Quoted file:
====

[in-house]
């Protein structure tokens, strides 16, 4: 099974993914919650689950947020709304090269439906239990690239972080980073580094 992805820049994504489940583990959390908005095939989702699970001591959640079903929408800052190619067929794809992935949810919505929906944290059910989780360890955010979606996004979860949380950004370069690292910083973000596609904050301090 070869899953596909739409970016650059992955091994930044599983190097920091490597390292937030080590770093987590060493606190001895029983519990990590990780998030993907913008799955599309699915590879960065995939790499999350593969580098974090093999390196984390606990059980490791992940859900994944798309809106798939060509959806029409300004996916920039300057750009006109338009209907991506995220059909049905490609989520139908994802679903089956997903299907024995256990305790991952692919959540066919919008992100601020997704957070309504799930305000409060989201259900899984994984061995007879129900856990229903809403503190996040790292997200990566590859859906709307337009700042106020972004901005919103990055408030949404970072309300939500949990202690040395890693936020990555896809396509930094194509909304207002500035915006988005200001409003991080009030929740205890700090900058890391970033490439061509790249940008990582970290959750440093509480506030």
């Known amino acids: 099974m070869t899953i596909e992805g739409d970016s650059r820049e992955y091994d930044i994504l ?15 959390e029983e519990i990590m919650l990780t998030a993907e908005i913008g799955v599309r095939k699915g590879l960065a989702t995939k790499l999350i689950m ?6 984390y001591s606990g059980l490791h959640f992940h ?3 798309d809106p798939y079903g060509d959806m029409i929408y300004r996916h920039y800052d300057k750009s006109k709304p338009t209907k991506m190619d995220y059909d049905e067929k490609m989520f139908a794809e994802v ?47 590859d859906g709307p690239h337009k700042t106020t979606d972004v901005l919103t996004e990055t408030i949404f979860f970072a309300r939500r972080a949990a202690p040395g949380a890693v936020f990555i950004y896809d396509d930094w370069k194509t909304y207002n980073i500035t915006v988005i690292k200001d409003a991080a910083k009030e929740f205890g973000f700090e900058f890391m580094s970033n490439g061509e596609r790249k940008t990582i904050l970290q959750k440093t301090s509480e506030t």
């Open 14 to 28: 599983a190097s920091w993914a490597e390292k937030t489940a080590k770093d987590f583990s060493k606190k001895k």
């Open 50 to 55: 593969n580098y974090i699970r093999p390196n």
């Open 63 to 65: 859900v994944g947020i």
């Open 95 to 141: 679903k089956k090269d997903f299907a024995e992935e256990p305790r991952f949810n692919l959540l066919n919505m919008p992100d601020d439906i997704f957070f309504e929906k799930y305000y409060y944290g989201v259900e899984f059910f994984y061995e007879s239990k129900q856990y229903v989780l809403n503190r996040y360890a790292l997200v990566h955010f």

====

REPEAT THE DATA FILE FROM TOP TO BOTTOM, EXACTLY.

[in-house]
């Protein structure tokens, strides 16, 4: 099974993914919650689950947020709304090269439906239990690239972080980073580094 992805820049994504489940583990959390908005095939989702699970001591959640079903929408800052190619067929794809992935949810919505929906944290059910989780360890955010979606996004979860949380950004370069690292910083973000596609904050301090 070869899953596909739409970016650059992955091994930044599983190097920091490597390292937030080590770093987590060493606190001895029983519990990590990780998030993907913008799955599309699915590879960065995939790499999350593969580098974090093999390196984390606990059980490791992940859900994944798309809106798939060509959806029409300004996916920039300057750009006109338009209907991506995220059909049905490609989520139908994802679903089956997903299907024995256990305790991952692919959540066919919008992100601020997704957070309504799930305000409060989201259900899984994984061995007879129900856990229903809403503190996040790292997200990566590859859906709307337009700042106020972004901005919103990055408030949404970072309300939500949990202690040395890693936020990555896809396509930094194509909304207002500035915006988005200001409003991080009030929740205890700090900058890391970033490439061509790249940008990582970290959750440093509480506030």
């Known amino acids: 099974m070869t899953i596909e992805g739409d970016s650059r820049e992955y091994d930044i994504l ?15 959390e029983e519990i990590m919650l990780t998030a993907e908005i913008g799955v599309r095939k699915g590879l960065a989702t995939k790499l999350i689950m ?6 984390y001591s606990g059980l490791h959640f992940h ?3 798309d809106p798939y079903g060509d959806m029409i929408y300004r996916h920039y800052d300057k750009s006109k709304p338009t209907k991506m190619d995220y059909d049905e067929k490609m989520f139908a794809e994802v ?47 590859d859906g709307p690239h337009k700042t106020t979606d972004v901005l919103t996004e990055t408030i949404f979860f970072a309300r939500r972080a949990a202690p040395g949380a890693v936020f990555i950004y896809d396509d930094w370069k194509t909304y207002n980073i500035t915006v988005i690292k200001d409003a991080a910083k009030e929740f205890g973000f700090e900058f890391m580094s970033n490439g061509e596609r790249k940008t990582i904050l970290q959750k440093t301090s509480e506030t």
């Open 14 to 28: 599983a190097s920091w993914a490597e390292k937030t489940a080590k770093d987590f583990s060493k606190k001895k």
């Open 50 to 55: 593969n580098y974090i699970r093999p390196n």
């Open 63 to 65: 859900v994944g947020i």
């Open 95 to 141: 679903k089956k090269d997903f299907a024995e992935e256990p305790r991952f949810n692919l959540l066919n919505m919008p992100d601020d439906i997704f957070f309504e929906k799930y305000y409060y944290g989201v259900e899984f059910f994984y061995e007879s239990k129900q856990y229903v989780l809403n503190r996040y360890a790292l997200v990566h955010f």